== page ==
Brad Keselowski finally lost the Sprint Cup Series points lead on Sunday, and it's about damn time.
He never should have been in first place in the first place. An under-30 driver trying to go head-to-head with the established stars of NASCAR? Scram, kid. Move over and let the big boys play.
Keselowski had no right to even make the Chase. Conventional wisdom said a driver with a lame-duck manufacturer like Dodge would see a significant drop in performance, but Keselowski has 15 top-10 finishes in the 17 weeks since it became clear Dodge was on its way out.
It's impolite to make everyone look bad, don't you think? Keselowski should probably apologize.
Plus, that hot streak included the tumultuous period where former teammate AJ Allmendinger was suspended and then dismissed for failing a drug test. Keselowski was supposed to fall on his face without getting consistent information from his teammate; but that didn't happen, either.
What the heck is wrong with this guy? He should have just done what people thought he would do: Fail.
Keselowski made the Chase anyway (RUDE!) and then won two of the first three races despite having no business doing so. Those victories included Dover, which had been considered one of his worst tracks (by everyone except him).
Quite frankly, his gall was outrageous. It was as if Keselowski didn't even care what others' expectations were, as if he wanted to go out and contend for the championship as some sort of underdog.
Not cool at all. Don't drivers have to apply for some sort of license before they're allowed to win the Chase?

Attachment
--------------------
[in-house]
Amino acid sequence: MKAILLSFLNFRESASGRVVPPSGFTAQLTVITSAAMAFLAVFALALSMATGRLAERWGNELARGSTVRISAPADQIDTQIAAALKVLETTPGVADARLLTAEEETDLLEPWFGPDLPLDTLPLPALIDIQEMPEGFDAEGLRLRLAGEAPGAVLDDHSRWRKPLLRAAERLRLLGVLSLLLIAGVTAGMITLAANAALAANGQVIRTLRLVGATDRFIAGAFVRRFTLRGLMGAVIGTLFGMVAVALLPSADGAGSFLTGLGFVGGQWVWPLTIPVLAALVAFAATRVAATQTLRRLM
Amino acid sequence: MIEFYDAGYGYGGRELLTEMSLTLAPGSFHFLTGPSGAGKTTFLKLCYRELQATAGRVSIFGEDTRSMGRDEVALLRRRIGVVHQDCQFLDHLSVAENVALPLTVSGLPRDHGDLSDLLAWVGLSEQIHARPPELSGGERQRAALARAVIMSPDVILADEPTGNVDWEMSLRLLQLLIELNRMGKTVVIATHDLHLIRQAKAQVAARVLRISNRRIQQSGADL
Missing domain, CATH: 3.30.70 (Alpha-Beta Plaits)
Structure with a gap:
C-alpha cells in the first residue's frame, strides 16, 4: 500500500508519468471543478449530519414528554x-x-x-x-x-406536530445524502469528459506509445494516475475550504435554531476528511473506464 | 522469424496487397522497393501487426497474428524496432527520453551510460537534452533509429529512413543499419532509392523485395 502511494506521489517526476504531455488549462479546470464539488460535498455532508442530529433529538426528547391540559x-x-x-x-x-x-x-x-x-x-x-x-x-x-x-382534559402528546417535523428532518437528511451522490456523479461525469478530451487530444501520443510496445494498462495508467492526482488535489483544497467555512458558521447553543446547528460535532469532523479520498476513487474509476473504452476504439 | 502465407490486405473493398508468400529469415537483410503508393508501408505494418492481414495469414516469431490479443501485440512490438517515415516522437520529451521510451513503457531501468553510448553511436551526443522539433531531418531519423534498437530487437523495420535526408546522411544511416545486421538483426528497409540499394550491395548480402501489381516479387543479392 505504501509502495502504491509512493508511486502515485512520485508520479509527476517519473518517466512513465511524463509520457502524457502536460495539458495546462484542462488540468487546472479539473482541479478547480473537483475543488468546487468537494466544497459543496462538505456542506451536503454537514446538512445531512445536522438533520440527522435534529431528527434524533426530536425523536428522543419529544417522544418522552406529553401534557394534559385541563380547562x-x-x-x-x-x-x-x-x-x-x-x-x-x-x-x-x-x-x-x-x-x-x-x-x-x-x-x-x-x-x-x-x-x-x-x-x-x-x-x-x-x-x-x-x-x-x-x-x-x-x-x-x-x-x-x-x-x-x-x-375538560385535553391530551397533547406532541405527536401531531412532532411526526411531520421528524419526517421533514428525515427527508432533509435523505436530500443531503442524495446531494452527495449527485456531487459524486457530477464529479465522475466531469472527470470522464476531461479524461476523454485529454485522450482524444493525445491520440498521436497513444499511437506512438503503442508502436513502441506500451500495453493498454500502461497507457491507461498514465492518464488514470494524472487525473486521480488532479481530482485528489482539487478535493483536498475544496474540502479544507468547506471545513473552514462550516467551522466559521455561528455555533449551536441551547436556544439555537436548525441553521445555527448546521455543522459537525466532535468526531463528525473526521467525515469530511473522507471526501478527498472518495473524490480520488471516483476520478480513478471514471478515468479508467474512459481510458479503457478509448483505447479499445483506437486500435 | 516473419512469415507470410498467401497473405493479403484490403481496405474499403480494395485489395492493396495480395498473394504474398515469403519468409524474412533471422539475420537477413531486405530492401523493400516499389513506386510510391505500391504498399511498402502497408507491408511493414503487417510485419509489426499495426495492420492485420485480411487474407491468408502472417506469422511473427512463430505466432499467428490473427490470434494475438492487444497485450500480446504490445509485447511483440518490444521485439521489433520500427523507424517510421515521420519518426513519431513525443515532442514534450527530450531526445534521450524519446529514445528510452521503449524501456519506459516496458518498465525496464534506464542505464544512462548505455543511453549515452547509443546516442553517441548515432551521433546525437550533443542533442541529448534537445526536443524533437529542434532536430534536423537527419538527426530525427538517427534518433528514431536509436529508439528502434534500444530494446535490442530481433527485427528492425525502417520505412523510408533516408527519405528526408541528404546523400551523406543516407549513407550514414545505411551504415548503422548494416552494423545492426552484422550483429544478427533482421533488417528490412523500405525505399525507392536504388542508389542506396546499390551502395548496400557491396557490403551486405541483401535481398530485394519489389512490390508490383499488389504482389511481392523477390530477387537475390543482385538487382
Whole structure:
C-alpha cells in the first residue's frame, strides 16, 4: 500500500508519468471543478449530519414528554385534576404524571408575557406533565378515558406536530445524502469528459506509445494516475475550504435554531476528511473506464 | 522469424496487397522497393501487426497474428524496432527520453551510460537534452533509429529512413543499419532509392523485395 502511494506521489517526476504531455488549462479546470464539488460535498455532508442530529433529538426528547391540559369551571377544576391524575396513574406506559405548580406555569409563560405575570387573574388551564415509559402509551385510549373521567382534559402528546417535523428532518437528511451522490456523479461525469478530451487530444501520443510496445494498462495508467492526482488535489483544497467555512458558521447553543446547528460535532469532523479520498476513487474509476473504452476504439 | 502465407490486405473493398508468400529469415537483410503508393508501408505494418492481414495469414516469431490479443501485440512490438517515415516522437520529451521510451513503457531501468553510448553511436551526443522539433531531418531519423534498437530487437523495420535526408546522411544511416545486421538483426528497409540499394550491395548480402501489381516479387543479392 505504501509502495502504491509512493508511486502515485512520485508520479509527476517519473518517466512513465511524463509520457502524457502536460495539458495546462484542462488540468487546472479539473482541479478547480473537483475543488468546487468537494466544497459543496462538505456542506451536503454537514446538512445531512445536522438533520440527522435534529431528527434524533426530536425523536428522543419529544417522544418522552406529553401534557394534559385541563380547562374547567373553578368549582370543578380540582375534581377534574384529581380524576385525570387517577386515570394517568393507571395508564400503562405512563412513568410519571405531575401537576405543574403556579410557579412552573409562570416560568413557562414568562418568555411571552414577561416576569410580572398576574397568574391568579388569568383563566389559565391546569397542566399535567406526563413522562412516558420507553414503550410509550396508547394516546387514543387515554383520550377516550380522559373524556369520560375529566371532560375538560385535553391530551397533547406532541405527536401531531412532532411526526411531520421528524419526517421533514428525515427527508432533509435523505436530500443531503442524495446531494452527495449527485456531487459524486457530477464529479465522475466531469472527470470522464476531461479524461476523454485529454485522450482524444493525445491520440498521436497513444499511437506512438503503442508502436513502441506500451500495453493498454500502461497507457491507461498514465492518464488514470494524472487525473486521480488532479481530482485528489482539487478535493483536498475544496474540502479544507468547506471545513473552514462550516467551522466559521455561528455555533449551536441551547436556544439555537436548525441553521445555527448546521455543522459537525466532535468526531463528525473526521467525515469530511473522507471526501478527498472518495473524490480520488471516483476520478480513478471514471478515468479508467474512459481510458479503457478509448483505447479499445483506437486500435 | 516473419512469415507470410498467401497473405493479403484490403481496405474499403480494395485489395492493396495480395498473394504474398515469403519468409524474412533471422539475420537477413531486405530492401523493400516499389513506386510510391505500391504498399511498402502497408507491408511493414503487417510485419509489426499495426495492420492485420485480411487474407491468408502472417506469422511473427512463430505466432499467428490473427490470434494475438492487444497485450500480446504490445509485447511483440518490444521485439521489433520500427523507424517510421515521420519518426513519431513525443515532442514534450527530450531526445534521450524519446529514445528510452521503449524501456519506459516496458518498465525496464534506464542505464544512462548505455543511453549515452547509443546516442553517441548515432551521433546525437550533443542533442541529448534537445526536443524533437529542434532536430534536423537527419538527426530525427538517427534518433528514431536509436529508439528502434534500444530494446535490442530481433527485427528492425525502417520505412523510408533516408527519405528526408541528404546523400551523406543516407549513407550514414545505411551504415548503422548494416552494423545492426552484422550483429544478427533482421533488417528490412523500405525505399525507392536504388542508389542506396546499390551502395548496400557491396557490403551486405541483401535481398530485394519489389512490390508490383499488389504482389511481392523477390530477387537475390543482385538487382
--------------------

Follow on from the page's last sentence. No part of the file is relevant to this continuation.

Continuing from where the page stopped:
In the following weeks, Keselowski had a chance to choke, but didn't. He retained the points lead by surviving Talladega when he should have wrecked, got a solid result at Charlotte despite running out of gas and dodged mayhem on a wild day at Kansas for another top-10 finish.
Who did he think he was? Jimmie Johnson?
Young drivers who haven't paid their dues like Keselowski – a 20th-place also-ran just 18 months ago – shouldn't be permitted to thumb their noses at the NASCAR establishment like this. Unless a driver has been around for at least five years or done the whole "lose a championship before you can win one" thing, he should move over and let the real stars take their places atop the standings.
Think how poor Carl Edwards and Denny Hamlin would feel if Keselowski won a title before they did. Heck, how about his friend Dale Earnhardt Jr.? Keselowski should stop being a punk and show some respect for his elders.
Sunday's Martinsville race was supposed to restore order to the Chase, a race where Johnson would certainly take the points lead away from Keselowski. Johnson would be like a parent slapping the hand of a kid reaching for more candy when he's already had too much, and it would be fun for all the No. 2 doubters to watch.
Keselowski, who qualified 32nd, figured to be like a Little League pitcher facing Miguel Cabrera. He had no shot of real success and was likely headed for the type of disastrous day which would ruin his Chase hopes. He would surely crack under the immense pressure, even though he kept saying he didn't feel any (everyone knew better than to believe him).
Instead, the plucky upstart somehow got a sixth-place finish on his own merits – he just drove up through the field over 500 laps – and has insisted on hanging around for yet another week.
Fortunately, five-time champ Johnson has the points lead now, and his massive two-point advantage should be enough to send Keselowski into timeout, sitting on a stool in the corner with his head hanging in sadness. Keselowski will finally realize the Chase is no place for someone with his limited resumé to try and make a name for himself.
So run along, Brad. No one believed you'd be here, which means it's best you just disappear – lest you make us all look like fools (again).
Oh, and one more thing: Can you please leave the trophy behind when you go? We already engraved Johnson's name on it a few months ago.